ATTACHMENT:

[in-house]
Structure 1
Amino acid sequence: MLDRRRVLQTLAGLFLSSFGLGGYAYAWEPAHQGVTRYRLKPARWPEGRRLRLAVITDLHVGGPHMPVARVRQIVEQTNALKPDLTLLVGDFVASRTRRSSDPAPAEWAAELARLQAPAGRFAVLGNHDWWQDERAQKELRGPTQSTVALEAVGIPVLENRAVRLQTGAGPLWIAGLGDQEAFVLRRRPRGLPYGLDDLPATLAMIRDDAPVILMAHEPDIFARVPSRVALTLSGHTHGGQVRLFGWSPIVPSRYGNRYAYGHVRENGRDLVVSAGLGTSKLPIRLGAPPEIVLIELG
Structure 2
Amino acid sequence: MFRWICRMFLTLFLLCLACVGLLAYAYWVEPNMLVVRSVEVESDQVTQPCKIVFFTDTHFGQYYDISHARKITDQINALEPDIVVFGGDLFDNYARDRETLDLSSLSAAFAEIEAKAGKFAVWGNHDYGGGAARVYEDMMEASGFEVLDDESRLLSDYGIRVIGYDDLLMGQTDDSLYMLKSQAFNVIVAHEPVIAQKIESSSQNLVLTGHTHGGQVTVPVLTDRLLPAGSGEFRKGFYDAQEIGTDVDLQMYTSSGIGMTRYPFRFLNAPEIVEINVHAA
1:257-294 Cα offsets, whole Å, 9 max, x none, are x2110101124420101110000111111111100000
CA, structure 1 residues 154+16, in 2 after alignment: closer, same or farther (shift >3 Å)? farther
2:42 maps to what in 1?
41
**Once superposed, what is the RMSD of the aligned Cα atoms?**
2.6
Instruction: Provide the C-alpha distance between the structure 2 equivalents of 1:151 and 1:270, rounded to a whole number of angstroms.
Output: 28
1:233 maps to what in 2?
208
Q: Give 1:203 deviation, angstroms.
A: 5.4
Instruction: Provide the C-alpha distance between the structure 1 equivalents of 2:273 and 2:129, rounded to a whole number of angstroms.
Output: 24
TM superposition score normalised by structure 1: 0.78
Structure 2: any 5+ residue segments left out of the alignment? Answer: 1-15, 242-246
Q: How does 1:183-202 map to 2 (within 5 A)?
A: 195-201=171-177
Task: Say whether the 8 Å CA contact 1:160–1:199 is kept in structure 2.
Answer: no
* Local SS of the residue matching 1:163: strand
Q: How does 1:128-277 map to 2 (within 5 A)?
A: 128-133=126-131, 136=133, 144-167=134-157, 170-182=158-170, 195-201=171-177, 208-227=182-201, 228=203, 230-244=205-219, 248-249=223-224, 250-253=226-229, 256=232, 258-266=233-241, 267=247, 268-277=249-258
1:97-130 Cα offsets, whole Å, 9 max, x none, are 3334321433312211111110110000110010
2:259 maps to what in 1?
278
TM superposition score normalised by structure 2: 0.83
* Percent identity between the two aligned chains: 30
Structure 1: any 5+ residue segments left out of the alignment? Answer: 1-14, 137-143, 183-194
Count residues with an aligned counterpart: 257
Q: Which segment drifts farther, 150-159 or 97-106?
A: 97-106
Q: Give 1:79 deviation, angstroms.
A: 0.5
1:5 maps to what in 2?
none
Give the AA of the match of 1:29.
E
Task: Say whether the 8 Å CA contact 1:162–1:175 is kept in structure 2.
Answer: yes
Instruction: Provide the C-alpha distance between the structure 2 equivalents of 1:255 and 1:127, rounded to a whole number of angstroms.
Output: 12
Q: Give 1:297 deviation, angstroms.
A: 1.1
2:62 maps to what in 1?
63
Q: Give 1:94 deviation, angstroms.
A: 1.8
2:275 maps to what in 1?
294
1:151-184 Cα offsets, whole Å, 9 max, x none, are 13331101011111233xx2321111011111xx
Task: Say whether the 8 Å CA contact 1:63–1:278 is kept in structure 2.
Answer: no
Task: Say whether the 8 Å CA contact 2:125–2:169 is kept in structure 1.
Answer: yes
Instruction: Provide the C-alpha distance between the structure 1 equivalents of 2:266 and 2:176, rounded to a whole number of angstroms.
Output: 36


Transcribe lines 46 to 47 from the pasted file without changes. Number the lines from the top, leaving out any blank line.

Instruction: Provide the C-alpha distance between the structure 2 equivalents of 1:255 and 1:127, rounded to a whole number of angstroms.
Output: 12